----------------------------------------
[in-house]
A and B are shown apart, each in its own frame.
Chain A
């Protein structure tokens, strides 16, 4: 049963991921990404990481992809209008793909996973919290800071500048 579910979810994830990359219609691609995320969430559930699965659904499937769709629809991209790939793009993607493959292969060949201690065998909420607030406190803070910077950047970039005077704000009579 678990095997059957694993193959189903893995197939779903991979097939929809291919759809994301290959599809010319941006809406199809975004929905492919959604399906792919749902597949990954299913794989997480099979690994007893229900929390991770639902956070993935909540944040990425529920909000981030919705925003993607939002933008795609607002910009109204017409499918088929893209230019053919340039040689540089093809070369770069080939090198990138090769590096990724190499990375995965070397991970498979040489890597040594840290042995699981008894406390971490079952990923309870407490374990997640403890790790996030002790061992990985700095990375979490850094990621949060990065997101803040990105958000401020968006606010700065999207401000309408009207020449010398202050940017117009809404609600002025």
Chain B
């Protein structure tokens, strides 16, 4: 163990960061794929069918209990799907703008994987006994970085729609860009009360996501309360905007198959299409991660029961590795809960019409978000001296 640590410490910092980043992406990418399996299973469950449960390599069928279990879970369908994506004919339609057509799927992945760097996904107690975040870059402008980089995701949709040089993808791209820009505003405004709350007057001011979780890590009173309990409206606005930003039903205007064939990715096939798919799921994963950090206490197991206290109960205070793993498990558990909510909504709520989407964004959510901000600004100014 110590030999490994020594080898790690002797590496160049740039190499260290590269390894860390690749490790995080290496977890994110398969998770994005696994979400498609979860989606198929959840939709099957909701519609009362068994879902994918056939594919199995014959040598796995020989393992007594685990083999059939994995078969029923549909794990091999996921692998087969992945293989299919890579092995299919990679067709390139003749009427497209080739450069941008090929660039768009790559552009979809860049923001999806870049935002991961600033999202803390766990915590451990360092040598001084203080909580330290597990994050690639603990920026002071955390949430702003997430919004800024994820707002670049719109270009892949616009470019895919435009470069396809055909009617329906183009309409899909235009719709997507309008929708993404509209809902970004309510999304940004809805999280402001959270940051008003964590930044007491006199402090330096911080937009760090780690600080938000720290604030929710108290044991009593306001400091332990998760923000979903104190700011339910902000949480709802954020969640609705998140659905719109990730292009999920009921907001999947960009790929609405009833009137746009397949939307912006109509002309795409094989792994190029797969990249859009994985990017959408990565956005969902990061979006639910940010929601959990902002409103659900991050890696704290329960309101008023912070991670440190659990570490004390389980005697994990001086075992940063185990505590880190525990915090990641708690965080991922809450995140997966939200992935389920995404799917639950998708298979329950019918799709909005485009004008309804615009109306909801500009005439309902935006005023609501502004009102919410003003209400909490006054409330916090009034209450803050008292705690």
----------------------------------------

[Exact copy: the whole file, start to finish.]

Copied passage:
[in-house]
A and B are shown apart, each in its own frame.
Chain A
């Protein structure tokens, strides 16, 4: 049963991921990404990481992809209008793909996973919290800071500048 579910979810994830990359219609691609995320969430559930699965659904499937769709629809991209790939793009993607493959292969060949201690065998909420607030406190803070910077950047970039005077704000009579 678990095997059957694993193959189903893995197939779903991979097939929809291919759809994301290959599809010319941006809406199809975004929905492919959604399906792919749902597949990954299913794989997480099979690994007893229900929390991770639902956070993935909540944040990425529920909000981030919705925003993607939002933008795609607002910009109204017409499918088929893209230019053919340039040689540089093809070369770069080939090198990138090769590096990724190499990375995965070397991970498979040489890597040594840290042995699981008894406390971490079952990923309870407490374990997640403890790790996030002790061992990985700095990375979490850094990621949060990065997101803040990105958000401020968006606010700065999207401000309408009207020449010398202050940017117009809404609600002025």
Chain B
């Protein structure tokens, strides 16, 4: 163990960061794929069918209990799907703008994987006994970085729609860009009360996501309360905007198959299409991660029961590795809960019409978000001296 640590410490910092980043992406990418399996299973469950449960390599069928279990879970369908994506004919339609057509799927992945760097996904107690975040870059402008980089995701949709040089993808791209820009505003405004709350007057001011979780890590009173309990409206606005930003039903205007064939990715096939798919799921994963950090206490197991206290109960205070793993498990558990909510909504709520989407964004959510901000600004100014 110590030999490994020594080898790690002797590496160049740039190499260290590269390894860390690749490790995080290496977890994110398969998770994005696994979400498609979860989606198929959840939709099957909701519609009362068994879902994918056939594919199995014959040598796995020989393992007594685990083999059939994995078969029923549909794990091999996921692998087969992945293989299919890579092995299919990679067709390139003749009427497209080739450069941008090929660039768009790559552009979809860049923001999806870049935002991961600033999202803390766990915590451990360092040598001084203080909580330290597990994050690639603990920026002071955390949430702003997430919004800024994820707002670049719109270009892949616009470019895919435009470069396809055909009617329906183009309409899909235009719709997507309008929708993404509209809902970004309510999304940004809805999280402001959270940051008003964590930044007491006199402090330096911080937009760090780690600080938000720290604030929710108290044991009593306001400091332990998760923000979903104190700011339910902000949480709802954020969640609705998140659905719109990730292009999920009921907001999947960009790929609405009833009137746009397949939307912006109509002309795409094989792994190029797969990249859009994985990017959408990565956005969902990061979006639910940010929601959990902002409103659900991050890696704290329960309101008023912070991670440190659990570490004390389980005697994990001086075992940063185990505590880190525990915090990641708690965080991922809450995140997966939200992935389920995404799917639950998708298979329950019918799709909005485009004008309804615009109306909801500009005439309902935006005023609501502004009102919410003003209400909490006054409330916090009034209450803050008292705690």